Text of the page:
Police in Upper Township are looking for a man who they claim took merchandise but did not pay. Based on alleged video surveillance from a Cape May County Acme, workers reported the shoplifting, per nj dot com. The items allegedly include more than $570 in Red Bull, diapers and baby formula, per nj dot com. Additionally, cops believe the same suspect shoplifted more than $250 of Red Bull from a Marmora ShopRite, per nj dot com.
Now here is the rub. News sources disagree about the value of the items in both incidents. Some sources report the first incident involved more than $570. But at least one other news source reported a value of only $570. With respect to the alleged incident in Marmora, news sources disagree whether the suspect shoplifted or attempted to shoplift. Furthermore, none of the sources agree whether the value in Marmora was $250 or more than $250.
Of course, none of these discrepancies matter if you do not believe the news. But if you form opinions based on the news, discrepancies like these undercut those opinions.
Shoplifting, N.J.S.A. 2c:20-11
Shoplifting consists of any one or more of the following acts, for any person purposely to:
- Take possession of, carry away, transfer or cause to be carried away or transferred, any merchandise displayed, held, stored or offered for sale by any store or other retail mercantile establishment with the intention of depriving the merchant of the possession, use or benefit of such merchandise or converting the same to the use of such person without paying to the merchant the full retail value thereof.
- Conceal upon his person or otherwise any merchandise offered for sale by any store or other retail mercantile establishment with the intention of depriving the merchant of the processes, use or benefit of such merchandise or converting the same to the use of such person without paying to the merchant the value thereof.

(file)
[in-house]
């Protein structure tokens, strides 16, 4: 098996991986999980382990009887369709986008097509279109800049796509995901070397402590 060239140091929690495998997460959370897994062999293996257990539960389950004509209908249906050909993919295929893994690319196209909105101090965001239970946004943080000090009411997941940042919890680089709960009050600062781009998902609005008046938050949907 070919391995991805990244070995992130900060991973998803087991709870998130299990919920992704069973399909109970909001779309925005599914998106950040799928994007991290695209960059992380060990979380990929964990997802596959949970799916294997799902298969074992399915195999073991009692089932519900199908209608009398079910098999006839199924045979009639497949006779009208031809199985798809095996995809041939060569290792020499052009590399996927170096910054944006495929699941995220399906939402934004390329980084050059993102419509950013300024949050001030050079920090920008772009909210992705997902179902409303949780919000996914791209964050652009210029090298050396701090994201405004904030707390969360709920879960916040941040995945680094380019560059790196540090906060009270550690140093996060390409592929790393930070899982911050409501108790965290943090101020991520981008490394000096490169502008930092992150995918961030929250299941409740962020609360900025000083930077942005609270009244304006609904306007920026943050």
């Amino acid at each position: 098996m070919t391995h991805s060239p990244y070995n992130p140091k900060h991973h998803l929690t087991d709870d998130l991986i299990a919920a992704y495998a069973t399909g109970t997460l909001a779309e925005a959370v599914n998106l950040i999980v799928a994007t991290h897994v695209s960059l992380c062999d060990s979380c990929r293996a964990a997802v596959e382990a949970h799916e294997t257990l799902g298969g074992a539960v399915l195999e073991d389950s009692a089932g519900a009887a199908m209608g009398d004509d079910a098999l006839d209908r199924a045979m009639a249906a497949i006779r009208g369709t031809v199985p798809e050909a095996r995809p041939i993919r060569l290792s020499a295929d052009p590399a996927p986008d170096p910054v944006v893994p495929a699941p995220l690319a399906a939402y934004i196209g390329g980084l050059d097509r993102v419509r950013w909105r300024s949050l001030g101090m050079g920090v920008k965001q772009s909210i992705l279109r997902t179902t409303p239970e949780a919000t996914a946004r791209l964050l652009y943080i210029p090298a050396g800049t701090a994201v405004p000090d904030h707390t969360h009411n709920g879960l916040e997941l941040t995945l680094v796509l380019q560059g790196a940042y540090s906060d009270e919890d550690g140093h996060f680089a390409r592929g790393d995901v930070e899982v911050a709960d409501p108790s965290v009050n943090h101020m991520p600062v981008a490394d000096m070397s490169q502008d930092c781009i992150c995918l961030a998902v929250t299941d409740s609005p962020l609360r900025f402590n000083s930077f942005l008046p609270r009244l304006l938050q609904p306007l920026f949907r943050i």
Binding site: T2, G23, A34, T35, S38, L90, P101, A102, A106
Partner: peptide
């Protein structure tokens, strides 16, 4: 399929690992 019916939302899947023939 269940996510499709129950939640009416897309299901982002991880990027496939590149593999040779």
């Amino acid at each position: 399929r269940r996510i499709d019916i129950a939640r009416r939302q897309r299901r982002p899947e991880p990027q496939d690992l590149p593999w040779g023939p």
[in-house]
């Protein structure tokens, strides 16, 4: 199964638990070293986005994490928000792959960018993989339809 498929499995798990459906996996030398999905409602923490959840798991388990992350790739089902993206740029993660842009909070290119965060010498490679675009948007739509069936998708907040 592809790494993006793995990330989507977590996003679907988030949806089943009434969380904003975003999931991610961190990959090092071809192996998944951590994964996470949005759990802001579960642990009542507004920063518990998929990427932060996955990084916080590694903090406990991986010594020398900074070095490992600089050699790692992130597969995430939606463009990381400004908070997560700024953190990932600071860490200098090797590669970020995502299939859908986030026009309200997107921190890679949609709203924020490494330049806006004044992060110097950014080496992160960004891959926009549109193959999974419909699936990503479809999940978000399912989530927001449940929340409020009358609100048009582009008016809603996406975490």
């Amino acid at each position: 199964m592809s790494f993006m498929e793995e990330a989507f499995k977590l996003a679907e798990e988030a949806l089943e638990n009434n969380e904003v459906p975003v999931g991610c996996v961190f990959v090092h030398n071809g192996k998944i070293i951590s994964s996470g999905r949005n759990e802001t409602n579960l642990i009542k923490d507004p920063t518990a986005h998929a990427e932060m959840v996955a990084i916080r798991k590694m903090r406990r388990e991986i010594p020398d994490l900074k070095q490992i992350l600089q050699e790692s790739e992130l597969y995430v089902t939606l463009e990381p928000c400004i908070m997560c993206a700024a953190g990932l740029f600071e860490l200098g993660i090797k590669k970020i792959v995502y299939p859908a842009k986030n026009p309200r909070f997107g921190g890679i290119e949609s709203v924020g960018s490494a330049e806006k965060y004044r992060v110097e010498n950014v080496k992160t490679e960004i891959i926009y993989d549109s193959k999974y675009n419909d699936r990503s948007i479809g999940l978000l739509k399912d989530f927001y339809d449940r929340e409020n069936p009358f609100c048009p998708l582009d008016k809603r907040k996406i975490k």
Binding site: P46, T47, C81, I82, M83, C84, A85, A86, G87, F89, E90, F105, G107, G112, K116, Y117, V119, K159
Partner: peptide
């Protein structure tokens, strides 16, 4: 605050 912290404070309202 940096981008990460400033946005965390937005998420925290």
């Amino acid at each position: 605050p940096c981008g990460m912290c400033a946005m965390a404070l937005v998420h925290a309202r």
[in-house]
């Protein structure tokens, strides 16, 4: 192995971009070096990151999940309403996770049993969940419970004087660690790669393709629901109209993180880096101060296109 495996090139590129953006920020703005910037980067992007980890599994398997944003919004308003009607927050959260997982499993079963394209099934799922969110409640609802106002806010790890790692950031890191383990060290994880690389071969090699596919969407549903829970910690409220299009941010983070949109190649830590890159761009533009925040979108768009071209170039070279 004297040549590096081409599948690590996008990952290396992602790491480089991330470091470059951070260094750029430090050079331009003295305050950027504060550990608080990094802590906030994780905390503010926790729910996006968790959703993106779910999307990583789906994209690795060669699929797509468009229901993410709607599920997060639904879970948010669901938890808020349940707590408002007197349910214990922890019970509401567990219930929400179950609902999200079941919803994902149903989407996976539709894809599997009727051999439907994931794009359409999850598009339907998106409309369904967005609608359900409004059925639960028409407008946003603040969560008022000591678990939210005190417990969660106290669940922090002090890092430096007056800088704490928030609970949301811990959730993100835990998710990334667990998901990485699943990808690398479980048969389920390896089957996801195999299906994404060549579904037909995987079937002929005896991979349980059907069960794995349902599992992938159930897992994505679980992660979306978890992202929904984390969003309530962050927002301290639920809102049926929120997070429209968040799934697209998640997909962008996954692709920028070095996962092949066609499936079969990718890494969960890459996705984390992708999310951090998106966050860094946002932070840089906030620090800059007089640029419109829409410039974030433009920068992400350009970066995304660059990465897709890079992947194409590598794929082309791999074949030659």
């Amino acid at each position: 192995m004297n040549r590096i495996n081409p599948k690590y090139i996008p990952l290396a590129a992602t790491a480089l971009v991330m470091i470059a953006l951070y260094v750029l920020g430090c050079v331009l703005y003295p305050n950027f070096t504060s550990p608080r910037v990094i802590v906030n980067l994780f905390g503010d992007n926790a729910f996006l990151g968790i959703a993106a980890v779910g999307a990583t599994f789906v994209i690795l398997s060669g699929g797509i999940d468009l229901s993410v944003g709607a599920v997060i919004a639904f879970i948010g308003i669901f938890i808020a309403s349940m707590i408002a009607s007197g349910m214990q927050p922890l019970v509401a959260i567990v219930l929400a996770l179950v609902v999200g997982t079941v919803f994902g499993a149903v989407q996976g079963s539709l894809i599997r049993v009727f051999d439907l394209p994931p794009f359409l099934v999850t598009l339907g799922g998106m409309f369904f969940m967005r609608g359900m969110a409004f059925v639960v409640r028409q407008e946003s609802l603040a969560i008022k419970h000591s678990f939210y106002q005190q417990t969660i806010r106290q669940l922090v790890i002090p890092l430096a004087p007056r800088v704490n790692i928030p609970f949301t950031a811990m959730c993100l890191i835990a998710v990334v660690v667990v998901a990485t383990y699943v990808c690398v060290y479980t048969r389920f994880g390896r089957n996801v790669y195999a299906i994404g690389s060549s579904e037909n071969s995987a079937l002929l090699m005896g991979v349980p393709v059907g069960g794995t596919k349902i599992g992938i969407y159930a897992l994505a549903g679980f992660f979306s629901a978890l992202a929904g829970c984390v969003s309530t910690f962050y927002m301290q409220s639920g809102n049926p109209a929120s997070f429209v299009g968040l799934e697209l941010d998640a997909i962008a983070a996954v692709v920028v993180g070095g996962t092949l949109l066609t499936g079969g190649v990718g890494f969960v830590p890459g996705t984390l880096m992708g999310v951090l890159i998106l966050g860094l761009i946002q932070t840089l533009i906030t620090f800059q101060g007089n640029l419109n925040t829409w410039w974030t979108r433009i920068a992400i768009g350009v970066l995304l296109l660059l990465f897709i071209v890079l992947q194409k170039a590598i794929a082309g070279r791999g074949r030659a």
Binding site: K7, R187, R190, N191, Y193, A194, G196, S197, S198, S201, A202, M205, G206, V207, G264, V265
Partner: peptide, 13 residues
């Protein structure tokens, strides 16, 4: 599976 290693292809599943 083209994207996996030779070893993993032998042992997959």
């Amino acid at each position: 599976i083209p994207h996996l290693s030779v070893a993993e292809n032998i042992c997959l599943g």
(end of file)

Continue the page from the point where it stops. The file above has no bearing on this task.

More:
- Alter, transfer or remove any label, price tag or marking indicia of value or any other markings which aid in determining value affixed to any merchandise displayed, held, stored or offered for sale by any store or other retail mercantile establishment and to attempt to purchase such merchandise personally or in consort with another at less than the full retail value with the intention of depriving the merchant of all or some part of the value thereof.
- Transfer any merchandise displayed, held, stored or offered for sale by any store or other retail merchandise establishment from the container in or on which the same shall be displayed to any other container with intent to deprive the merchant of all or some part of the retail value thereof.
- Under-ring with the intention of depriving the merchant of the full retail value thereof.
- Remove a shopping cart from the premises of a store or other retail mercantile establishment without the consent of the merchant given at the time of such removal with the intention of permanently depriving the merchant of the possession, use or benefit of such cart.
New Jersey law grades shoplifting as a Third Degree Crime when the full retail value greater than $500 and less than $75,000.
Exposure for Third Degree Shoplifting
State Prison, three to five years
Probation, one to five years, conditioned on county jail up to 364 days
Victims of Crime Compensation Assessment (VCCA)
$100 to $10,000, if injury or death results
$50.00, if injury or death does not result ($30.00, juvenile delinquency)
Safe Neighborhood Services Fund Assessment, $75, each conviction
Law Enforcement Officer Training Fund, $30 ($15, juvenile delinquency)
First offense, at least ten days of community service
Second offense, at least 15 days of community service
Third or subsequent offense, a maximum of 25 days of community service and
a minimum term of imprisonment of not less than 90 days.
Fines, $15,000 or any higher amount equal to double the pecuniary gain to the offender or loss to the victim caused by the conduct constituting the offense.
License Postponement, Suspension, or Revocation, if motor vehicle used
Halfway house or residential facility including non-Dept. Human Svc. facilities
Imprisonment at night or weekends to allow work, training or school
Experienced New Jersey Criminal Defense Lawyer Michael Smolensky, Esq., knows how to protect his clients. Mr. Smolensky can provide consultations on all cases in New Jersey involving Shoplifting and Theft. Call Now—(856) 812-0321.